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Can  anyone tell from the writing what kind of insect they were looking for?

Can anyone tell from the writing what kind of insect they were looking for?
Dallas, Dallas County, Texas, USA
June 19, 2018
This was on a tree truck at White Rock lake by the Poppy parking lot. It is a woodlands area. I don't know what kind of tree but can say it was one that loses its leaves in the winter.

Moved from ID Request.

I didn't know you had a page for these, figured the shot would maybe get me some answers then get frassed.

Pheromone trap…
See here. Possibly for beetles attacking this tree.

Was hoping someone would recognize whose it was and if they were looking for emerald ash borer. At the time I saw it, I asked the city of dallas urban biologist who was over this lake and he was unaware of it.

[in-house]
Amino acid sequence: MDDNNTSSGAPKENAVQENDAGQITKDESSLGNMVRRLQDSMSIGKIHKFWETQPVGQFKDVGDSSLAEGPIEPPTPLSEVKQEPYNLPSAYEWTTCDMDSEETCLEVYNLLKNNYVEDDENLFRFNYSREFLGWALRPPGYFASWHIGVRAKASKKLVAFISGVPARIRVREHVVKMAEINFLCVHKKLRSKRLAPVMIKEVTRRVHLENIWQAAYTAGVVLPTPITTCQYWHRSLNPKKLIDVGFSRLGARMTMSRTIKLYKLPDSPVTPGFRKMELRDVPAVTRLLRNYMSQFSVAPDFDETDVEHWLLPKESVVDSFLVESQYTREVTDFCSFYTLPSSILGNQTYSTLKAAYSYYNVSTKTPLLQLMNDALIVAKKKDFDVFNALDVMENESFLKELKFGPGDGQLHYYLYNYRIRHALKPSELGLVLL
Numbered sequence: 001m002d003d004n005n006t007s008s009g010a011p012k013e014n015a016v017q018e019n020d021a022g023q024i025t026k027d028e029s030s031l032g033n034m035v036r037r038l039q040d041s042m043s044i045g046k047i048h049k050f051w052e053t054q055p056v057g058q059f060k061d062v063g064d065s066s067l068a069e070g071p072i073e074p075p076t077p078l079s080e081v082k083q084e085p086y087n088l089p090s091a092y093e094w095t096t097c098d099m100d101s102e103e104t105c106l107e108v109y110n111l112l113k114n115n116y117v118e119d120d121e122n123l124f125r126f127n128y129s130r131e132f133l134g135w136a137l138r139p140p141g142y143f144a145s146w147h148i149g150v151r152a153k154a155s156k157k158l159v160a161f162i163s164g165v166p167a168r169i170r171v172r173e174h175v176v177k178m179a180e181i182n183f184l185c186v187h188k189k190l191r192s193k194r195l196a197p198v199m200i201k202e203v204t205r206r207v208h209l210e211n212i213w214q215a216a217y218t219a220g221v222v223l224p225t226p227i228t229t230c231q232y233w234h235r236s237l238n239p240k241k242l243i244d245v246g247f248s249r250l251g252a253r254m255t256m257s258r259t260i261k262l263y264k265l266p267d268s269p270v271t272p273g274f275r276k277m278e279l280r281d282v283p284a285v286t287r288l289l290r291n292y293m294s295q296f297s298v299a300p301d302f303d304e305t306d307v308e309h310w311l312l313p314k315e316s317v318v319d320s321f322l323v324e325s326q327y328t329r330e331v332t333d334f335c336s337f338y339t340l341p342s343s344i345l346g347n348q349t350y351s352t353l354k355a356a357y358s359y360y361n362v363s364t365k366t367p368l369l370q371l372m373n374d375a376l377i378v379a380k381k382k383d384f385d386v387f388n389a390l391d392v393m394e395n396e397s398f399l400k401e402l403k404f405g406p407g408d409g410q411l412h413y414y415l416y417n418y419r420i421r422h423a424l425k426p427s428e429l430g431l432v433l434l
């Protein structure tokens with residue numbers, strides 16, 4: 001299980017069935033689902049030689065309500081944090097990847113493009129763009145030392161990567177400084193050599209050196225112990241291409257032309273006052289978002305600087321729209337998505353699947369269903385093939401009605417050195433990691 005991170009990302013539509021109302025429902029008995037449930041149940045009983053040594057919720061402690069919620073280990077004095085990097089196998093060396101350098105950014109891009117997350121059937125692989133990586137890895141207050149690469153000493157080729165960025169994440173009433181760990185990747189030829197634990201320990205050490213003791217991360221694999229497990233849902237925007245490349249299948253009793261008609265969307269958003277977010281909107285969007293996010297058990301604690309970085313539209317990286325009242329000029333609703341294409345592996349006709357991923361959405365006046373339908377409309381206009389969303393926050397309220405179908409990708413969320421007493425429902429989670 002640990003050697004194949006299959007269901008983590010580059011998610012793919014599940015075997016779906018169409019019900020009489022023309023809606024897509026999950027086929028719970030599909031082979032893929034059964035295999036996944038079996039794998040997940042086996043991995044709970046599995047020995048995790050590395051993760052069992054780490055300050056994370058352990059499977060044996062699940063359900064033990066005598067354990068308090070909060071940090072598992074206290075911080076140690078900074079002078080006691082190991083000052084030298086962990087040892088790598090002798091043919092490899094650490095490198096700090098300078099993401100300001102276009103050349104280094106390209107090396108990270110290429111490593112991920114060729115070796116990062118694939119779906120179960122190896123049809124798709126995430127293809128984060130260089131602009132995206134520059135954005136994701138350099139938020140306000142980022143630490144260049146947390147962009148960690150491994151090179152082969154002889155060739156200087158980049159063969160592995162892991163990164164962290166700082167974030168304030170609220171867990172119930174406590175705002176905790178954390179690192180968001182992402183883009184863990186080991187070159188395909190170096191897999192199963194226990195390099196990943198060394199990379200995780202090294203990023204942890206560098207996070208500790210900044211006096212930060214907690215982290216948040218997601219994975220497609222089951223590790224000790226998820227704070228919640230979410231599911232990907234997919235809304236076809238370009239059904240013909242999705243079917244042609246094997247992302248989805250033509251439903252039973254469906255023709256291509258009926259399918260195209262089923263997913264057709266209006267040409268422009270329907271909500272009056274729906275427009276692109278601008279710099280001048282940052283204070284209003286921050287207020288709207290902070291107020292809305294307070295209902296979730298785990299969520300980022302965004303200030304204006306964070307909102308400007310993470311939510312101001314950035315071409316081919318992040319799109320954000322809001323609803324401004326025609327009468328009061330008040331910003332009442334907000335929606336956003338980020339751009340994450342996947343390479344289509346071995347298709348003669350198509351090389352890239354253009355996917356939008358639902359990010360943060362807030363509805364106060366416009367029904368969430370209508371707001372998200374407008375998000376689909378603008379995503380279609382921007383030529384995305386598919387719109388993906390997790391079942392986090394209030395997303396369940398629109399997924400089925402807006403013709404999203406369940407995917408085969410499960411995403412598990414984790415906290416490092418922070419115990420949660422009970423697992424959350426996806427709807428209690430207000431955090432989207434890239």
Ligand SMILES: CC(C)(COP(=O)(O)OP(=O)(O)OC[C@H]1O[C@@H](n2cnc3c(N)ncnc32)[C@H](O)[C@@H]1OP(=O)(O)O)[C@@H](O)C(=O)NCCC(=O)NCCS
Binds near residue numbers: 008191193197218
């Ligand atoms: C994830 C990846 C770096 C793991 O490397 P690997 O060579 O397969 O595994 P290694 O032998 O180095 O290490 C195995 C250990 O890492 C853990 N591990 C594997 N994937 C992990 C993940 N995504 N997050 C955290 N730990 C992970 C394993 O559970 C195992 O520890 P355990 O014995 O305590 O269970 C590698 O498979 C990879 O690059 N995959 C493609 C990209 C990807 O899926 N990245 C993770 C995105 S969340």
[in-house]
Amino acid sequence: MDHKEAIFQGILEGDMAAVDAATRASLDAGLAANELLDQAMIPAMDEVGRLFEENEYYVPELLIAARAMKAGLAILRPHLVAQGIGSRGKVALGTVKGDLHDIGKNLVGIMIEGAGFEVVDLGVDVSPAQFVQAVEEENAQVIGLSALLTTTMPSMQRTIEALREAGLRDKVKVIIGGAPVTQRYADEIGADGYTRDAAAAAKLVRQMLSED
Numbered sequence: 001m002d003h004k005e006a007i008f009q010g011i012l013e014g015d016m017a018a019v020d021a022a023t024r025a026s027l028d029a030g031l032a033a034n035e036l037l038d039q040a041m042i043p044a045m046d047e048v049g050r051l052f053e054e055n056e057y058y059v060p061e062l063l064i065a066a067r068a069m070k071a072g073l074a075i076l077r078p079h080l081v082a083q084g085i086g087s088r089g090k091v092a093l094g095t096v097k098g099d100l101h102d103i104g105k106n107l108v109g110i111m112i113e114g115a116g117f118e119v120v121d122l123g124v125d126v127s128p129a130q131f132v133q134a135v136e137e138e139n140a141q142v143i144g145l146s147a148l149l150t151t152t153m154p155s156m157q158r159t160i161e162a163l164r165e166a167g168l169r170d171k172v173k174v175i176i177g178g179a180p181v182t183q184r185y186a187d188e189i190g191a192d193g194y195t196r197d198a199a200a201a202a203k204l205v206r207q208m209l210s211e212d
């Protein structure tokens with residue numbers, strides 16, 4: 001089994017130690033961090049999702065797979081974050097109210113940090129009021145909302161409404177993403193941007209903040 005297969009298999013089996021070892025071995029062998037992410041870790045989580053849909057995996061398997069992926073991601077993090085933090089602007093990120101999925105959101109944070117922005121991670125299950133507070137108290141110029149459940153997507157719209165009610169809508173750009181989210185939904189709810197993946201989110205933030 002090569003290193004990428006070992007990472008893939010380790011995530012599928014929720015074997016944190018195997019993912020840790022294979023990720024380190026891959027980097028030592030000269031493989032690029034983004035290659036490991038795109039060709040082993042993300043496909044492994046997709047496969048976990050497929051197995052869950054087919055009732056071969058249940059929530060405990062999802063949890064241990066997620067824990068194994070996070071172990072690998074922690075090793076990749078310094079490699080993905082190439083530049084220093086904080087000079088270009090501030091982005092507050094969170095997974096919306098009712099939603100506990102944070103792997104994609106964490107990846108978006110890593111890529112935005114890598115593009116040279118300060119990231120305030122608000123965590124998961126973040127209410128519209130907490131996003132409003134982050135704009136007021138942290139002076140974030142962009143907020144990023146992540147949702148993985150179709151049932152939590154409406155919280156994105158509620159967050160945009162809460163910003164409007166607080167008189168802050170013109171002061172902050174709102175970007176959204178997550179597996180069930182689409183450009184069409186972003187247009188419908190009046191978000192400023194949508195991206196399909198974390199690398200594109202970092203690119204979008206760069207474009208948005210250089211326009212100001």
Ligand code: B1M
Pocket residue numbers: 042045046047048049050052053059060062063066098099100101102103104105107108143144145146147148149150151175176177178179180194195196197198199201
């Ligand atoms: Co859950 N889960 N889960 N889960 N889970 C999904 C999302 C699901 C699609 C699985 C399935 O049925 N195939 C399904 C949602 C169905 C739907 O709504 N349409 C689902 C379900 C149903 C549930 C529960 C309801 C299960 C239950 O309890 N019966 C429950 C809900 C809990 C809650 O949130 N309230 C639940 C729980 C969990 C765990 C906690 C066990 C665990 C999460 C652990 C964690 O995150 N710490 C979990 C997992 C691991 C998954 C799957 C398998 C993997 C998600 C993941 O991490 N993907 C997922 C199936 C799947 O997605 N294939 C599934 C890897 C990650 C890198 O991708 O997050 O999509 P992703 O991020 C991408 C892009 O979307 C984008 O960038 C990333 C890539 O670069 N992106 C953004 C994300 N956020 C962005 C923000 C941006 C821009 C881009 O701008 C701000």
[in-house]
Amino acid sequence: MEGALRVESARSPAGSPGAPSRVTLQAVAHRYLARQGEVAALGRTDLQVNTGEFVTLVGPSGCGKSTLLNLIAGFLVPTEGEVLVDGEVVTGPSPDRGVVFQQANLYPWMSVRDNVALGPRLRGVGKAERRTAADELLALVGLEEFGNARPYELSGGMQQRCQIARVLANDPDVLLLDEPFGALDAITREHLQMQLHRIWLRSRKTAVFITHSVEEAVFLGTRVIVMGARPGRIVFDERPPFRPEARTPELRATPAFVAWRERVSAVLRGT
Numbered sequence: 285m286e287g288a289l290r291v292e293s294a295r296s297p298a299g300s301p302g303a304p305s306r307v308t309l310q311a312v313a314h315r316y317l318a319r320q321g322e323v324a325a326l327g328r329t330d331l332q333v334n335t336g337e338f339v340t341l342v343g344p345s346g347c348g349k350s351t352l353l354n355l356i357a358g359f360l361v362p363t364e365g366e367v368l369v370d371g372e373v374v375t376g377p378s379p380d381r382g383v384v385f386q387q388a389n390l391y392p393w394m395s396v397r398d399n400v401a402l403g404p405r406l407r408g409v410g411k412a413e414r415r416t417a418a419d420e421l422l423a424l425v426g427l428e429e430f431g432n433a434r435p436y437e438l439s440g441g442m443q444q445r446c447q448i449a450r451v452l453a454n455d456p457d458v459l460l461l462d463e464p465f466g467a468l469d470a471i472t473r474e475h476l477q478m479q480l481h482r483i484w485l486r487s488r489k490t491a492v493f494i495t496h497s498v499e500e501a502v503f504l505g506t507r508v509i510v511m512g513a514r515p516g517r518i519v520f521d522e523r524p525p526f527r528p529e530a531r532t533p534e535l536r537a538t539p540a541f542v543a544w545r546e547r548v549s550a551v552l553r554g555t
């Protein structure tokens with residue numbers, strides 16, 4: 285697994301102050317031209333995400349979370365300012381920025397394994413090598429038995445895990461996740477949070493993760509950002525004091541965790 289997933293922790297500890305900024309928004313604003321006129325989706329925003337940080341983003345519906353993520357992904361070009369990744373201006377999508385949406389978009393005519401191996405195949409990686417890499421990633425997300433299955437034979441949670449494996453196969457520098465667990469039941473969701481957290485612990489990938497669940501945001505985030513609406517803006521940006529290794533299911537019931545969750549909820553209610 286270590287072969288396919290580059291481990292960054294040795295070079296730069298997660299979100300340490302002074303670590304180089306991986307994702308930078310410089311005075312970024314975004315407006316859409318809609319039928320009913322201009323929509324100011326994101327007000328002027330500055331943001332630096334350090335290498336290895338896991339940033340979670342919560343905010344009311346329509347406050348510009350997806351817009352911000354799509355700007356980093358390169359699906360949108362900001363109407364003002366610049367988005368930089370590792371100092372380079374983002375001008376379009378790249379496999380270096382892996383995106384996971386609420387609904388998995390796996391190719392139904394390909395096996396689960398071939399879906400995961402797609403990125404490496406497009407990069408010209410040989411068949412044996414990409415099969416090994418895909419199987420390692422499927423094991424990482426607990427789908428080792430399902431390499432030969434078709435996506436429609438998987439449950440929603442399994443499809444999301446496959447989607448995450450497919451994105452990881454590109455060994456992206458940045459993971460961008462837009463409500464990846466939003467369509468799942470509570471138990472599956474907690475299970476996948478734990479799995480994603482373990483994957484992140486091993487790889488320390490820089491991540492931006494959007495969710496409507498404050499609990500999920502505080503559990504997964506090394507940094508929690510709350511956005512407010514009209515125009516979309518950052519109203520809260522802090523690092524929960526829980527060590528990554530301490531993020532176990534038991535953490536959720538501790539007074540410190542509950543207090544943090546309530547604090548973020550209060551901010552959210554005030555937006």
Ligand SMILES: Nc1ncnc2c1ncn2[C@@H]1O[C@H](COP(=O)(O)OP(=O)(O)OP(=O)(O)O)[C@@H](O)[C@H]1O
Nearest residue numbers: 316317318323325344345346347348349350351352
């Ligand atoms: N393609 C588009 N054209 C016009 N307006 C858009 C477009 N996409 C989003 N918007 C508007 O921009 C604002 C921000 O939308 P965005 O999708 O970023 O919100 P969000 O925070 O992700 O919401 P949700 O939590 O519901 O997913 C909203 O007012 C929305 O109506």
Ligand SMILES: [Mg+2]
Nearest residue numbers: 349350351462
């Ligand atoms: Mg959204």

The traps used out here in Karnack (East Texas) for EAB are rather large purple prism traps hung up in the canopy. Hard to miss, but (sadly) effective.

If you wish to pursue this further, you might try contacting Scentry directly and/or email them this image, which also includes a serial number on the bottom, which may help them to identify the type of trap or pheromone being used.

Good idea

red traps
From a Google Seach, it looks like the company's red traps are mostly used to catch Spotted-Wing Drosophila. I think they are a relatively new invasive fruit fly that can be a risk to orchards.

Wonder why they would look for that at the lake, no orchards near by, lots of native pecans.

If you found this trap among pecan trees
I bet the target insect is the Pecan nut casebearer, Acrobasis nuxvorella. I posted a bad image of this pecan pest for which a species page was not created on BugGuide, although I am certain of this ID, as I used to monitor this pest in commercial orchards for 10 years in Far West Texas. See:

More info about this pest:

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